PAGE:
Reclaiming the charm and appeal of old homes

Old Home“They don’t build’em like they used to…”

is often heard by those who praise the virtues of an old home.  Many home buyers might talk about the character and charm that exudes from an old home, while others might point to the quality of materials and workmanship that cannot be matched by new homes built today.

In some respects, it’s good they don’t build homes the way they used to because some materials used in the past that were thought to be beneficial have been found to be toxic and/or hazardous.  Building materials have changed through the years and continue to evolve for safety, strength, durability, and environmental impact.  Many home components are engineered and prefabricated to make installation straight forward, as well as make the home increasingly efficient and environmentally friendly.  Floor joists and trusses are engineered to allow for larger and open home designs; while roof and siding components engineered to help reduce heating and cooling costs.  Foundation and basement construction techniques and components are designed to be effective in preventing water penetration.

Workmanship has also changed over the years as well.  Because engineered materials are typically prefabricated, onsite custom design and installation is not necessary; construction crews are basically required to know how to use and install the pre-manufactured components.

Hazardous materials aside, there is something about old homes that grabs our attention.  Because the building materials and components were not mass produced or prefabricated, perhaps it’s the workmanship of the construction that demonstrates that the on-site craftsmen were not just masters of their trade – but artisans.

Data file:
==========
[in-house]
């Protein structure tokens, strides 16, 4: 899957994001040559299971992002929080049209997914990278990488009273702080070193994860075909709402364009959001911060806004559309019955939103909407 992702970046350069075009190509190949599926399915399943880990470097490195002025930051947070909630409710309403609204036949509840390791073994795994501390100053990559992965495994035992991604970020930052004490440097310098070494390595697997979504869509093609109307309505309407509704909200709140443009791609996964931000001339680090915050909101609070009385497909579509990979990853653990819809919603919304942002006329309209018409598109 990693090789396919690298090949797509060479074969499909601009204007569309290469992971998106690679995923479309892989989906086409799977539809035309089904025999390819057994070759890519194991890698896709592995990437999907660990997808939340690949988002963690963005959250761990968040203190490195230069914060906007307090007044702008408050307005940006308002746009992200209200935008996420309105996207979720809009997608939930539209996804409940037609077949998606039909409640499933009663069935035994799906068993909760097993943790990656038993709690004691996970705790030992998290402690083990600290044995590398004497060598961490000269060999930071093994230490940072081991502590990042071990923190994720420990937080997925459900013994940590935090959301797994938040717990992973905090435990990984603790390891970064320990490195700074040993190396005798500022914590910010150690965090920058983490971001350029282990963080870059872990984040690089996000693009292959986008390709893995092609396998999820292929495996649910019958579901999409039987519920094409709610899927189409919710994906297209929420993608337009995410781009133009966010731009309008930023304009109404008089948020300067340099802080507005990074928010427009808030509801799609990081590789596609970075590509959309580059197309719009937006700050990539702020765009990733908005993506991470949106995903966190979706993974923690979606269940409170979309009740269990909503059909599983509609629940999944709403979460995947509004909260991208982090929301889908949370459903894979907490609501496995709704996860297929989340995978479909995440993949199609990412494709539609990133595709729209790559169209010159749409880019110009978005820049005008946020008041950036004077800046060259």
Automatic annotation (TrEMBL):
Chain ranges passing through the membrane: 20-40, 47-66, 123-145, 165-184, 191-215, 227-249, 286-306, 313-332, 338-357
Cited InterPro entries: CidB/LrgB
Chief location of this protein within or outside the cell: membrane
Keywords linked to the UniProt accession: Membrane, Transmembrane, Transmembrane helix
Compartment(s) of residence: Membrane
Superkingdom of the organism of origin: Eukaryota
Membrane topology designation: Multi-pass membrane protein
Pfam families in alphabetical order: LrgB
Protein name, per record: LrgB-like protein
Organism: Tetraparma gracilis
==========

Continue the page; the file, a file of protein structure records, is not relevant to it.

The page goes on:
Although new homes incorporate modern fixtures and appliances designed for comfort, functionality, and efficiency; many are drawn to the antique quality of the old home.  Old home parts are highly sought after items for modern homes too.  Many are lured by the appeal and personality of vintage home parts, but I also sense there is also something about the durability of the parts that lets them continue in service.  Vintage doorknobs, especially the crystal type, are collectible and sought after antique home parts.

Those who appreciate old homes talk about the hearty materials that were used in construction.  Compared to the new engineered components manufactured to an exact specification, the craftsmen who built the old home onsite appeared to use ample materials that made the construction feel sturdy and robust.  This “over-engineering” is typically frowned upon today; using too much raw materials is expensive and considered wasteful.